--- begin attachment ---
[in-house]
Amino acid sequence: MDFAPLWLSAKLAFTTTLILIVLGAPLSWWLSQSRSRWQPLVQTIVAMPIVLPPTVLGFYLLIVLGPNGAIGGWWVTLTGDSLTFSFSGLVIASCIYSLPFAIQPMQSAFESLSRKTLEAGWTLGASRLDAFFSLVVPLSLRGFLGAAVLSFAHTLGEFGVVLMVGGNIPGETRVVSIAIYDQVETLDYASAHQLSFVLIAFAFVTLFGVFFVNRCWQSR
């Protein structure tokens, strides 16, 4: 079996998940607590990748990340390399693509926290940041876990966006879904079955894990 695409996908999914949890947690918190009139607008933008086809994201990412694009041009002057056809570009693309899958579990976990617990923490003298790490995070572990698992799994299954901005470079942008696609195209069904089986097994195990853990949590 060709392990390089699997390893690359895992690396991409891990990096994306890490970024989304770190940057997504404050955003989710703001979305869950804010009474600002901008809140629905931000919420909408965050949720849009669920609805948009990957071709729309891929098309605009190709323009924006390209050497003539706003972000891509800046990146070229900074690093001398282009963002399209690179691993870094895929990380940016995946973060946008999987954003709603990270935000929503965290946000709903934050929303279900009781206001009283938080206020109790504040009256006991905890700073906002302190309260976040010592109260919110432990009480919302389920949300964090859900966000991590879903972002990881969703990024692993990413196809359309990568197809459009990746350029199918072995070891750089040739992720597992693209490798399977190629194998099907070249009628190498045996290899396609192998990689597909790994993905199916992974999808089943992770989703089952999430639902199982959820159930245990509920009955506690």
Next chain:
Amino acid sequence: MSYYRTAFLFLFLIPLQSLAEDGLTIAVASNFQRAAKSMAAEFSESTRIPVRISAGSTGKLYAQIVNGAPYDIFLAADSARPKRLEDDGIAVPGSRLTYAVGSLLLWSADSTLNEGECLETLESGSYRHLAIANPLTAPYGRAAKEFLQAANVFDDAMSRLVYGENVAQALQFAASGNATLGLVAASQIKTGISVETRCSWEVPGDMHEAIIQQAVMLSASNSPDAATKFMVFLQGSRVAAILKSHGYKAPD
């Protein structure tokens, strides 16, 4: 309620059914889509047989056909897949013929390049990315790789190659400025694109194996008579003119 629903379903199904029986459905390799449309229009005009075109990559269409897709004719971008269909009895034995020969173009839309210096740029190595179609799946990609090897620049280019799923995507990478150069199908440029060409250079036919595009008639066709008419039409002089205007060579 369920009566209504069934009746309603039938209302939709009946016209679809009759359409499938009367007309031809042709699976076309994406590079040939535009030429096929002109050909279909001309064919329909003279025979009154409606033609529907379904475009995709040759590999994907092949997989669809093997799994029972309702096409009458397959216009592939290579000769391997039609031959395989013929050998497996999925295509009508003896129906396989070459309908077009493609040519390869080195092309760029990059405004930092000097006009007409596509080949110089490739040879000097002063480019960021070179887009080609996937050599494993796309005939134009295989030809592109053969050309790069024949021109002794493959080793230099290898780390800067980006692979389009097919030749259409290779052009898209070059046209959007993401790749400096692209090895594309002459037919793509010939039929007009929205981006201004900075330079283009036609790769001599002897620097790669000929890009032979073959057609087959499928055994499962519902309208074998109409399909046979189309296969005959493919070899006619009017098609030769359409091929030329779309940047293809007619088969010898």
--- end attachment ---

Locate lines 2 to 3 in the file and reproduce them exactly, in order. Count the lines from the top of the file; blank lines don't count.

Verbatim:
Amino acid sequence: MDFAPLWLSAKLAFTTTLILIVLGAPLSWWLSQSRSRWQPLVQTIVAMPIVLPPTVLGFYLLIVLGPNGAIGGWWVTLTGDSLTFSFSGLVIASCIYSLPFAIQPMQSAFESLSRKTLEAGWTLGASRLDAFFSLVVPLSLRGFLGAAVLSFAHTLGEFGVVLMVGGNIPGETRVVSIAIYDQVETLDYASAHQLSFVLIAFAFVTLFGVFFVNRCWQSR
């Protein structure tokens, strides 16, 4: 079996998940607590990748990340390399693509926290940041876990966006879904079955894990 695409996908999914949890947690918190009139607008933008086809994201990412694009041009002057056809570009693309899958579990976990617990923490003298790490995070572990698992799994299954901005470079942008696609195209069904089986097994195990853990949590 060709392990390089699997390893690359895992690396991409891990990096994306890490970024989304770190940057997504404050955003989710703001979305869950804010009474600002901008809140629905931000919420909408965050949720849009669920609805948009990957071709729309891929098309605009190709323009924006390209050497003539706003972000891509800046990146070229900074690093001398282009963002399209690179691993870094895929990380940016995946973060946008999987954003709603990270935000929503965290946000709903934050929303279900009781206001009283938080206020109790504040009256006991905890700073906002302190309260976040010592109260919110432990009480919302389920949300964090859900966000991590879903972002990881969703990024692993990413196809359309990568197809459009990746350029199918072995070891750089040739992720597992693209490798399977190629194998099907070249009628190498045996290899396609192998990689597909790994993905199916992974999808089943992770989703089952999430639902199982959820159930245990509920009955506690």